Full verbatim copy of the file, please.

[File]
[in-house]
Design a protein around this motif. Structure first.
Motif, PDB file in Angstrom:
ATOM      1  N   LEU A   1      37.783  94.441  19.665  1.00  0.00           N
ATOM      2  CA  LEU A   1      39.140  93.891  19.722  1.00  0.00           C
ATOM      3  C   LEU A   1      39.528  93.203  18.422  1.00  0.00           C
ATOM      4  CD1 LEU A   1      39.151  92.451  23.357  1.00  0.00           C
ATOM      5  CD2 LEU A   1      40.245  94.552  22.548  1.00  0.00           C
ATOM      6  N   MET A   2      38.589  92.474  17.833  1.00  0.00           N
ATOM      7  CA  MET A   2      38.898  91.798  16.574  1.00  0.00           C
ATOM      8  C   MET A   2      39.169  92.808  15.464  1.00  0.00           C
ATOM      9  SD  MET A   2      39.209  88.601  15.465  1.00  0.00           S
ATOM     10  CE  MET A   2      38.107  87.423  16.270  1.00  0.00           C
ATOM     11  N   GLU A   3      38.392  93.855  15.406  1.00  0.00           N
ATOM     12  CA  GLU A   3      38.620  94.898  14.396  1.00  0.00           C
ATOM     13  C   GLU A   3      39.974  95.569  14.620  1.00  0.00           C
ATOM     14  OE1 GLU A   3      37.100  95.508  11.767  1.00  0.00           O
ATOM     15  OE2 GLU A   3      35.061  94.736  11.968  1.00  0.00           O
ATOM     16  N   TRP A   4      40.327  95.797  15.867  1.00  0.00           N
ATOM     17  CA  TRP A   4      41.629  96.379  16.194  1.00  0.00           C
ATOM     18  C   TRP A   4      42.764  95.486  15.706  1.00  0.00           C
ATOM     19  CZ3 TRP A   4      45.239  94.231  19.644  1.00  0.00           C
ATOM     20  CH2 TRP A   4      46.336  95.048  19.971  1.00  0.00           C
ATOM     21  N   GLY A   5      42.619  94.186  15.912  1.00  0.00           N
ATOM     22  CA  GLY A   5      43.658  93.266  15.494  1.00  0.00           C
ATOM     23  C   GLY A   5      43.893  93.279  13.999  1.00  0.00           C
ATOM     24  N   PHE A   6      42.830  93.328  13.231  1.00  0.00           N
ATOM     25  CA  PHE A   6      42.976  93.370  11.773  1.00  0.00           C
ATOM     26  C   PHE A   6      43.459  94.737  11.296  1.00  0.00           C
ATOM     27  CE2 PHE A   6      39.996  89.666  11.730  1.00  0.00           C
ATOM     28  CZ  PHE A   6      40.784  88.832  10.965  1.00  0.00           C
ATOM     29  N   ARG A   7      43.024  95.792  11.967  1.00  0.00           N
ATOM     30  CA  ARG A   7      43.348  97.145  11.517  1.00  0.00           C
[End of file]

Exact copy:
[in-house]
Design a protein around this motif. Structure first.
Motif, PDB file in Angstrom:
ATOM      1  N   LEU A   1      37.783  94.441  19.665  1.00  0.00           N
ATOM      2  CA  LEU A   1      39.140  93.891  19.722  1.00  0.00           C
ATOM      3  C   LEU A   1      39.528  93.203  18.422  1.00  0.00           C
ATOM      4  CD1 LEU A   1      39.151  92.451  23.357  1.00  0.00           C
ATOM      5  CD2 LEU A   1      40.245  94.552  22.548  1.00  0.00           C
ATOM      6  N   MET A   2      38.589  92.474  17.833  1.00  0.00           N
ATOM      7  CA  MET A   2      38.898  91.798  16.574  1.00  0.00           C
ATOM      8  C   MET A   2      39.169  92.808  15.464  1.00  0.00           C
ATOM      9  SD  MET A   2      39.209  88.601  15.465  1.00  0.00           S
ATOM     10  CE  MET A   2      38.107  87.423  16.270  1.00  0.00           C
ATOM     11  N   GLU A   3      38.392  93.855  15.406  1.00  0.00           N
ATOM     12  CA  GLU A   3      38.620  94.898  14.396  1.00  0.00           C
ATOM     13  C   GLU A   3      39.974  95.569  14.620  1.00  0.00           C
ATOM     14  OE1 GLU A   3      37.100  95.508  11.767  1.00  0.00           O
ATOM     15  OE2 GLU A   3      35.061  94.736  11.968  1.00  0.00           O
ATOM     16  N   TRP A   4      40.327  95.797  15.867  1.00  0.00           N
ATOM     17  CA  TRP A   4      41.629  96.379  16.194  1.00  0.00           C
ATOM     18  C   TRP A   4      42.764  95.486  15.706  1.00  0.00           C
ATOM     19  CZ3 TRP A   4      45.239  94.231  19.644  1.00  0.00           C
ATOM     20  CH2 TRP A   4      46.336  95.048  19.971  1.00  0.00           C
ATOM     21  N   GLY A   5      42.619  94.186  15.912  1.00  0.00           N
ATOM     22  CA  GLY A   5      43.658  93.266  15.494  1.00  0.00           C
ATOM     23  C   GLY A   5      43.893  93.279  13.999  1.00  0.00           C
ATOM     24  N   PHE A   6      42.830  93.328  13.231  1.00  0.00           N
ATOM     25  CA  PHE A   6      42.976  93.370  11.773  1.00  0.00           C
ATOM     26  C   PHE A   6      43.459  94.737  11.296  1.00  0.00           C
ATOM     27  CE2 PHE A   6      39.996  89.666  11.730  1.00  0.00           C
ATOM     28  CZ  PHE A   6      40.784  88.832  10.965  1.00  0.00           C
ATOM     29  N   ARG A   7      43.024  95.792  11.967  1.00  0.00           N
ATOM     30  CA  ARG A   7      43.348  97.145  11.517  1.00  0.00           C